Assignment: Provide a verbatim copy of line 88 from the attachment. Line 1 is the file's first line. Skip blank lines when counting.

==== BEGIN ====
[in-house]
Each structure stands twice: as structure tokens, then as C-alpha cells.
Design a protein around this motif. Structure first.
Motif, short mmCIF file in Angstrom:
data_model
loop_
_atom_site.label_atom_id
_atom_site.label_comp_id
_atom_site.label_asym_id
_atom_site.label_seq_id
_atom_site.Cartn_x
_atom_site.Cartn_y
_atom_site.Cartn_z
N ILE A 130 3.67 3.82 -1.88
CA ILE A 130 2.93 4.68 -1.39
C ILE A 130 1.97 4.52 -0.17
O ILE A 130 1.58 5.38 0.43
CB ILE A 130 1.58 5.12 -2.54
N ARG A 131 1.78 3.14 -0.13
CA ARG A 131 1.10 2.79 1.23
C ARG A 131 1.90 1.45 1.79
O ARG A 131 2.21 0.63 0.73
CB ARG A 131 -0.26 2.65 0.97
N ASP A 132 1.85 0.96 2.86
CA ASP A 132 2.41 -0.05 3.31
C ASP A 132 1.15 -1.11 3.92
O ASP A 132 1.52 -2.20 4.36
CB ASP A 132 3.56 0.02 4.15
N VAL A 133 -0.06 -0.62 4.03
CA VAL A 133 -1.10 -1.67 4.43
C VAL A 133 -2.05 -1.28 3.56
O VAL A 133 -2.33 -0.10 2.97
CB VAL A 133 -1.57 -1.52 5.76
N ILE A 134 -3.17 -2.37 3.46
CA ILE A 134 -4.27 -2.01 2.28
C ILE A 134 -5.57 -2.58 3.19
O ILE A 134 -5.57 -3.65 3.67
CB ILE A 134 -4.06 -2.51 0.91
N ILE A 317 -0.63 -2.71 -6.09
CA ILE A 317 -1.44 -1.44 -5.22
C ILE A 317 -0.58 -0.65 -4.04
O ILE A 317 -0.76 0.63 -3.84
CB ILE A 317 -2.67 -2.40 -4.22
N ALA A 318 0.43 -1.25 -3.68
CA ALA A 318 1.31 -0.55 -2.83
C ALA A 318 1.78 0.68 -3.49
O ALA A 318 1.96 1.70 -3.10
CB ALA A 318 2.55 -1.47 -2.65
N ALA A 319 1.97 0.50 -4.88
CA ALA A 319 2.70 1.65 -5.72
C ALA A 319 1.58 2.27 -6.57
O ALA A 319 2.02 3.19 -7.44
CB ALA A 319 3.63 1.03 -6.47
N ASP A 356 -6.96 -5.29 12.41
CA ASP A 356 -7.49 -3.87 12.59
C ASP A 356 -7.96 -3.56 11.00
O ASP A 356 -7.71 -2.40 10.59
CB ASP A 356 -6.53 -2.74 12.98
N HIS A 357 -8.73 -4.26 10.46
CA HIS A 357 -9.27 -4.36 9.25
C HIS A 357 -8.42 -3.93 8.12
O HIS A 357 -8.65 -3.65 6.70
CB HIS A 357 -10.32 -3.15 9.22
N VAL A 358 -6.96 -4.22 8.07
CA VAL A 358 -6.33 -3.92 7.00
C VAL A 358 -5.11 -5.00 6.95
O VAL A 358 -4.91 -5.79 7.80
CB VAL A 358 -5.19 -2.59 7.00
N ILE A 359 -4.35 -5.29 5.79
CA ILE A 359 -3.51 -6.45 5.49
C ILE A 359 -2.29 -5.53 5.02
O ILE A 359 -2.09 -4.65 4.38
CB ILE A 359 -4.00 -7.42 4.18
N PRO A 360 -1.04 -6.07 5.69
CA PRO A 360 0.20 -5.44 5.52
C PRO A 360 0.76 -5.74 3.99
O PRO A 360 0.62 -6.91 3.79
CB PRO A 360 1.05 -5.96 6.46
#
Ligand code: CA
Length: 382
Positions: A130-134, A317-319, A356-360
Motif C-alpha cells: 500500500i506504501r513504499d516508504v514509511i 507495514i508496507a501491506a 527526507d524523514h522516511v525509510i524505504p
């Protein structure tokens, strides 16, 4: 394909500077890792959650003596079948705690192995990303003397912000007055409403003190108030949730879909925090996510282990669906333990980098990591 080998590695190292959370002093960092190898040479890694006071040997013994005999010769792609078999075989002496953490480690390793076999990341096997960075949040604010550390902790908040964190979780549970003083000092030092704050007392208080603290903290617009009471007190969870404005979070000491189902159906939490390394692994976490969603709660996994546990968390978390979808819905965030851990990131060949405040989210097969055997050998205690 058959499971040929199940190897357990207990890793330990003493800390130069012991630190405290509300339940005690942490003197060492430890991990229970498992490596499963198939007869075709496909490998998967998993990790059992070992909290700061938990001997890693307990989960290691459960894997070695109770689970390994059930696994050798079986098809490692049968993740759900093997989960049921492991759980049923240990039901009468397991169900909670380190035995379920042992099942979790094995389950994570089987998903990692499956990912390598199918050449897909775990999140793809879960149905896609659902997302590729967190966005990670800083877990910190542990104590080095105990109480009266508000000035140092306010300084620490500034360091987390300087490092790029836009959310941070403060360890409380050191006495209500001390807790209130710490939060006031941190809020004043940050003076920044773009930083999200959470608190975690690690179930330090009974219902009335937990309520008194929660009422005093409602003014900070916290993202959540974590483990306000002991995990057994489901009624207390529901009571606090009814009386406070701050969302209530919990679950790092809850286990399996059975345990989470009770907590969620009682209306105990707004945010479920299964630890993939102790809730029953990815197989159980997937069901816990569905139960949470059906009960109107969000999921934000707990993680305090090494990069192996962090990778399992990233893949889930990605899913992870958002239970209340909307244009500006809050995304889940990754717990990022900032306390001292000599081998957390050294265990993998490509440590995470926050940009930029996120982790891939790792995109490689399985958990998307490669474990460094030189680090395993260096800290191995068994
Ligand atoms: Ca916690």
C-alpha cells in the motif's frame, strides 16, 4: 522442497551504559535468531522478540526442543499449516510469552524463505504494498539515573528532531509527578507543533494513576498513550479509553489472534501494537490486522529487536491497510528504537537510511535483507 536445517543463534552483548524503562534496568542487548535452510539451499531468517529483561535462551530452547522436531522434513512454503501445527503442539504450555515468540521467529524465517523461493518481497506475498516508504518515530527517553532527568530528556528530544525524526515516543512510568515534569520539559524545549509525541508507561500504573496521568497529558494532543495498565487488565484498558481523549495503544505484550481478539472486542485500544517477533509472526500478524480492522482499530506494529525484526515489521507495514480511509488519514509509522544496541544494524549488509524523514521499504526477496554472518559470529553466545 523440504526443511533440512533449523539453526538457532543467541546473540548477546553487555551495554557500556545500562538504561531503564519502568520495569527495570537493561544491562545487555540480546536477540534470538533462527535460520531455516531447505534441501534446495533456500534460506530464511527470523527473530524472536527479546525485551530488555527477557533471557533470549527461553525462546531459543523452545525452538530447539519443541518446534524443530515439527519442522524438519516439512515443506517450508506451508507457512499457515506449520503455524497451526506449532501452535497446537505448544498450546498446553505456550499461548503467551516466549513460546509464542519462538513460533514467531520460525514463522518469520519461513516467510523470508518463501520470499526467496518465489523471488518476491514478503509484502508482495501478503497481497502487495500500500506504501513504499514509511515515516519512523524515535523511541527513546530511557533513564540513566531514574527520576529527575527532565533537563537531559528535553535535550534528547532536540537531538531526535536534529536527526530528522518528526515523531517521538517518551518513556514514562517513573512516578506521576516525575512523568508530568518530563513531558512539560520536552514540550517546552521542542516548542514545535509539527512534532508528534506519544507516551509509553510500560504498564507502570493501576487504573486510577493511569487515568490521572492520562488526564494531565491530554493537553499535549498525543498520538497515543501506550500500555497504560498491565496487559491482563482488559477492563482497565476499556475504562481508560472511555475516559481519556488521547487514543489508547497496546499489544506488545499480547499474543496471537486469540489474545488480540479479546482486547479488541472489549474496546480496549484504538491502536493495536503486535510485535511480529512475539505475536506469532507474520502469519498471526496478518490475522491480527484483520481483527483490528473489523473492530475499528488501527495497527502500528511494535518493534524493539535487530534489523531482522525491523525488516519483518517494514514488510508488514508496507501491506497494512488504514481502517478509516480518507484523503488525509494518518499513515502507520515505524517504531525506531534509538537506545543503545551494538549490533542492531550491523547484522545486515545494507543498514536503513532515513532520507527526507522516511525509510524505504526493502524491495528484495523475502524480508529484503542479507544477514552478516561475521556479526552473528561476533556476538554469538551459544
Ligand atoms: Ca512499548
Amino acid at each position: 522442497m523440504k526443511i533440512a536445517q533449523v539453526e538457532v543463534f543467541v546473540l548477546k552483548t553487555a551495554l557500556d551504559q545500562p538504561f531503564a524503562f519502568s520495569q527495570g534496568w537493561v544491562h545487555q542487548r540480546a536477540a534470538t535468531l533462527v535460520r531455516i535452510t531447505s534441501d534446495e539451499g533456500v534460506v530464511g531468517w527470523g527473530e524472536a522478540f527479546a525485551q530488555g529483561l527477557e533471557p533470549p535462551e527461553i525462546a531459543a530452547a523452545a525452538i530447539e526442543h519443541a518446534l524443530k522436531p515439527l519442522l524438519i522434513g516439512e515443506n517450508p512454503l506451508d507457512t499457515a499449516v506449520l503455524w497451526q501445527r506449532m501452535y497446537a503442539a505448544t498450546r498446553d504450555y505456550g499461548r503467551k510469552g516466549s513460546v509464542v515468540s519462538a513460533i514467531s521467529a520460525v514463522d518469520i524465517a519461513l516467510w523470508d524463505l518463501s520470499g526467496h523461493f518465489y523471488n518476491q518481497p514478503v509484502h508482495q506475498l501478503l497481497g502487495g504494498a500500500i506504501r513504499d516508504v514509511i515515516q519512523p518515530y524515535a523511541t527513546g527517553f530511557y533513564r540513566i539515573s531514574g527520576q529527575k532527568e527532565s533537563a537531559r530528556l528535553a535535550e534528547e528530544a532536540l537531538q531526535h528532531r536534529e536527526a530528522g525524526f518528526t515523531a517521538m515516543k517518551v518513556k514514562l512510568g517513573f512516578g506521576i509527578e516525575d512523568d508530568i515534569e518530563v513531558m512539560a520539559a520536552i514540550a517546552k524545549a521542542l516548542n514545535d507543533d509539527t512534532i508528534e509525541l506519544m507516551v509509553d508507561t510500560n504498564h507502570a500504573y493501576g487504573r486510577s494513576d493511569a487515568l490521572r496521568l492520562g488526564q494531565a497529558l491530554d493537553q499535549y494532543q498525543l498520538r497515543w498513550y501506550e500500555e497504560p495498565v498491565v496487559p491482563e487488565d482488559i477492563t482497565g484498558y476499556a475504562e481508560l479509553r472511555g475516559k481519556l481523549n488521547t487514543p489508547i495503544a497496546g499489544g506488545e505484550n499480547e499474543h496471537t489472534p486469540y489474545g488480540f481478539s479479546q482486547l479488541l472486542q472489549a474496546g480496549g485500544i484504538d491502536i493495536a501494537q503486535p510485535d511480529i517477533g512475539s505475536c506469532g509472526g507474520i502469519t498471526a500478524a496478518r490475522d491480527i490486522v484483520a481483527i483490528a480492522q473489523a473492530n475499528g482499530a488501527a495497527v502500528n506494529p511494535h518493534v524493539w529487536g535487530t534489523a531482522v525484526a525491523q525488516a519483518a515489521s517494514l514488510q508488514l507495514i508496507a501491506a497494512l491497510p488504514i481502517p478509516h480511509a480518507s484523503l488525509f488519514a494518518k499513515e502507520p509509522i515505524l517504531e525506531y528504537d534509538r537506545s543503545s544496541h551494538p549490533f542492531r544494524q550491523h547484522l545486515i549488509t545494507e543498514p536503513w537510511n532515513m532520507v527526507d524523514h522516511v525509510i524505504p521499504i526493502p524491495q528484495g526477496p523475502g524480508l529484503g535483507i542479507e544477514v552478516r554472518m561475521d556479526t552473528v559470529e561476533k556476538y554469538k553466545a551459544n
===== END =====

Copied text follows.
Amino acid at each position: 522442497m523440504k526443511i533440512a536445517q533449523v539453526e538457532v543463534f543467541v546473540l548477546k552483548t553487555a551495554l557500556d551504559q545500562p538504561f531503564a524503562f519502568s520495569q527495570g534496568w537493561v544491562h545487555q542487548r540480546a536477540a534470538t535468531l533462527v535460520r531455516i535452510t531447505s534441501d534446495e539451499g533456500v534460506v530464511g531468517w527470523g527473530e524472536a522478540f527479546a525485551q530488555g529483561l527477557e533471557p533470549p535462551e527461553i525462546a531459543a530452547a523452545a525452538i530447539e526442543h519443541a518446534l524443530k522436531p515439527l519442522l524438519i522434513g516439512e515443506n517450508p512454503l506451508d507457512t499457515a499449516v506449520l503455524w497451526q501445527r506449532m501452535y497446537a503442539a505448544t498450546r498446553d504450555y505456550g499461548r503467551k510469552g516466549s513460546v509464542v515468540s519462538a513460533i514467531s521467529a520460525v514463522d518469520i524465517a519461513l516467510w523470508d524463505l518463501s520470499g526467496h523461493f518465489y523471488n518476491q518481497p514478503v509484502h508482495q506475498l501478503l497481497g502487495g504494498a500500500i506504501r513504499d516508504v514509511i515515516q519512523p518515530y524515535a523511541t527513546g527517553f530511557y533513564r540513566i539515573s531514574g527520576q529527575k532527568e527532565s533537563a537531559r530528556l528535553a535535550e534528547e528530544a532536540l537531538q531526535h528532531r536534529e536527526a530528522g525524526f518528526t515523531a517521538m515516543k517518551v518513556k514514562l512510568g517513573f512516578g506521576i509527578e516525575d512523568d508530568i515534569e518530563v513531558m512539560a520539559a520536552i514540550a517546552k524545549a521542542l516548542n514545535d507543533d509539527t512534532i508528534e509525541l506519544m507516551v509509553d508507561t510500560n504498564h507502570a500504573y493501576g487504573r486510577s494513576d493511569a487515568l490521572r496521568l492520562g488526564q494531565a497529558l491530554d493537553q499535549y494532543q498525543l498520538r497515543w498513550y501506550e500500555e497504560p495498565v498491565v496487559p491482563e487488565d482488559i477492563t482497565g484498558y476499556a475504562e481508560l479509553r472511555g475516559k481519556l481523549n488521547t487514543p489508547i495503544a497496546g499489544g506488545e505484550n499480547e499474543h496471537t489472534p486469540y489474545g488480540f481478539s479479546q482486547l479488541l472486542q472489549a474496546g480496549g485500544i484504538d491502536i493495536a501494537q503486535p510485535d511480529i517477533g512475539s505475536c506469532g509472526g507474520i502469519t498471526a500478524a496478518r490475522d491480527i490486522v484483520a481483527i483490528a480492522q473489523a473492530n475499528g482499530a488501527a495497527v502500528n506494529p511494535h518493534v524493539w529487536g535487530t534489523a531482522v525484526a525491523q525488516a519483518a515489521s517494514l514488510q508488514l507495514i508496507a501491506a497494512l491497510p488504514i481502517p478509516h480511509a480518507s484523503l488525509f488519514a494518518k499513515e502507520p509509522i515505524l517504531e525506531y528504537d534509538r537506545s543503545s544496541h551494538p549490533f542492531r544494524q550491523h547484522l545486515i549488509t545494507e543498514p536503513w537510511n532515513m532520507v527526507d524523514h522516511v525509510i524505504p521499504i526493502p524491495q528484495g526477496p523475502g524480508l529484503g535483507i542479507e544477514v552478516r554472518m561475521d556479526t552473528v559470529e561476533k556476538y554469538k553466545a551459544n